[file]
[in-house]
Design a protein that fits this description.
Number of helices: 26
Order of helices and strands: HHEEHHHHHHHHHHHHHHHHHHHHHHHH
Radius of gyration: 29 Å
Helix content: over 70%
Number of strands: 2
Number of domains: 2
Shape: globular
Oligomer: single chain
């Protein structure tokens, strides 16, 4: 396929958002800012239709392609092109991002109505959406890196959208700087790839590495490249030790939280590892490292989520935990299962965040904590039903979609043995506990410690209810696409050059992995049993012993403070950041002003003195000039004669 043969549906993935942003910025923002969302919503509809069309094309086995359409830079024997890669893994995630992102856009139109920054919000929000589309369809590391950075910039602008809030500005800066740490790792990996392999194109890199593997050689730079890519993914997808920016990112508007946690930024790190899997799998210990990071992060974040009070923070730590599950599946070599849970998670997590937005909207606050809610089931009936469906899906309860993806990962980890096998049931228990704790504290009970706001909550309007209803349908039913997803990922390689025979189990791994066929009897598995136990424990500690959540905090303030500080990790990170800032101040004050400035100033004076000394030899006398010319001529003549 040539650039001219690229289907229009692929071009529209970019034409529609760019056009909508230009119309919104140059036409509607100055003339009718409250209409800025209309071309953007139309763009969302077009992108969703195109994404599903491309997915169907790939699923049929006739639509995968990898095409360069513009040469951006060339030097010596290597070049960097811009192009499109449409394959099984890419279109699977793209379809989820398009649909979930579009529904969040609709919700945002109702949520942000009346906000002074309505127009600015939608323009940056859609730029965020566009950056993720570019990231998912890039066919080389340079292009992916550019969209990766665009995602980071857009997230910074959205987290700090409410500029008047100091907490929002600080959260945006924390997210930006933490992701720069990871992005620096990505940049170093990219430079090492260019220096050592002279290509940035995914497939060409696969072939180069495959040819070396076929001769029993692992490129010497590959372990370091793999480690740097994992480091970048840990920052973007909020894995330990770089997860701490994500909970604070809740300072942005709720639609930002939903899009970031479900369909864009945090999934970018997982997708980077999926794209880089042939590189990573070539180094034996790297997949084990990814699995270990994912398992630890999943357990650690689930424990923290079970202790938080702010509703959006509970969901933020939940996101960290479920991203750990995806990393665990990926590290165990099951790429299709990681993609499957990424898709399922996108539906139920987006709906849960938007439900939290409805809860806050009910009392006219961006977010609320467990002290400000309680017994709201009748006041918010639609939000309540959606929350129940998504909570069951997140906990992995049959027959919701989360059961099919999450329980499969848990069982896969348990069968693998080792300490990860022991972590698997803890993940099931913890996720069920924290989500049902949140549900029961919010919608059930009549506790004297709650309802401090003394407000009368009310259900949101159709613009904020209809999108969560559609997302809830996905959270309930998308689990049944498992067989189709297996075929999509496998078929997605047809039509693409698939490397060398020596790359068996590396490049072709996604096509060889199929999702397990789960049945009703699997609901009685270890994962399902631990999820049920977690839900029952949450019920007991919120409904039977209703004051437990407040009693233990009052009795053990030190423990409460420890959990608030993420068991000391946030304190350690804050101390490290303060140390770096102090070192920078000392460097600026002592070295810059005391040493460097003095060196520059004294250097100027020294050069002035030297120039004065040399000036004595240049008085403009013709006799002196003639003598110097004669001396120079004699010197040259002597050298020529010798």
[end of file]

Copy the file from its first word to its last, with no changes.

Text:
[in-house]
Design a protein that fits this description.
Number of helices: 26
Order of helices and strands: HHEEHHHHHHHHHHHHHHHHHHHHHHHH
Radius of gyration: 29 Å
Helix content: over 70%
Number of strands: 2
Number of domains: 2
Shape: globular
Oligomer: single chain
């Protein structure tokens, strides 16, 4: 396929958002800012239709392609092109991002109505959406890196959208700087790839590495490249030790939280590892490292989520935990299962965040904590039903979609043995506990410690209810696409050059992995049993012993403070950041002003003195000039004669 043969549906993935942003910025923002969302919503509809069309094309086995359409830079024997890669893994995630992102856009139109920054919000929000589309369809590391950075910039602008809030500005800066740490790792990996392999194109890199593997050689730079890519993914997808920016990112508007946690930024790190899997799998210990990071992060974040009070923070730590599950599946070599849970998670997590937005909207606050809610089931009936469906899906309860993806990962980890096998049931228990704790504290009970706001909550309007209803349908039913997803990922390689025979189990791994066929009897598995136990424990500690959540905090303030500080990790990170800032101040004050400035100033004076000394030899006398010319001529003549 040539650039001219690229289907229009692929071009529209970019034409529609760019056009909508230009119309919104140059036409509607100055003339009718409250209409800025209309071309953007139309763009969302077009992108969703195109994404599903491309997915169907790939699923049929006739639509995968990898095409360069513009040469951006060339030097010596290597070049960097811009192009499109449409394959099984890419279109699977793209379809989820398009649909979930579009529904969040609709919700945002109702949520942000009346906000002074309505127009600015939608323009940056859609730029965020566009950056993720570019990231998912890039066919080389340079292009992916550019969209990766665009995602980071857009997230910074959205987290700090409410500029008047100091907490929002600080959260945006924390997210930006933490992701720069990871992005620096990505940049170093990219430079090492260019220096050592002279290509940035995914497939060409696969072939180069495959040819070396076929001769029993692992490129010497590959372990370091793999480690740097994992480091970048840990920052973007909020894995330990770089997860701490994500909970604070809740300072942005709720639609930002939903899009970031479900369909864009945090999934970018997982997708980077999926794209880089042939590189990573070539180094034996790297997949084990990814699995270990994912398992630890999943357990650690689930424990923290079970202790938080702010509703959006509970969901933020939940996101960290479920991203750990995806990393665990990926590290165990099951790429299709990681993609499957990424898709399922996108539906139920987006709906849960938007439900939290409805809860806050009910009392006219961006977010609320467990002290400000309680017994709201009748006041918010639609939000309540959606929350129940998504909570069951997140906990992995049959027959919701989360059961099919999450329980499969848990069982896969348990069968693998080792300490990860022991972590698997803890993940099931913890996720069920924290989500049902949140549900029961919010919608059930009549506790004297709650309802401090003394407000009368009310259900949101159709613009904020209809999108969560559609997302809830996905959270309930998308689990049944498992067989189709297996075929999509496998078929997605047809039509693409698939490397060398020596790359068996590396490049072709996604096509060889199929999702397990789960049945009703699997609901009685270890994962399902631990999820049920977690839900029952949450019920007991919120409904039977209703004051437990407040009693233990009052009795053990030190423990409460420890959990608030993420068991000391946030304190350690804050101390490290303060140390770096102090070192920078000392460097600026002592070295810059005391040493460097003095060196520059004294250097100027020294050069002035030297120039004065040399000036004595240049008085403009013709006799002196003639003598110097004669001396120079004699010197040259002597050298020529010798």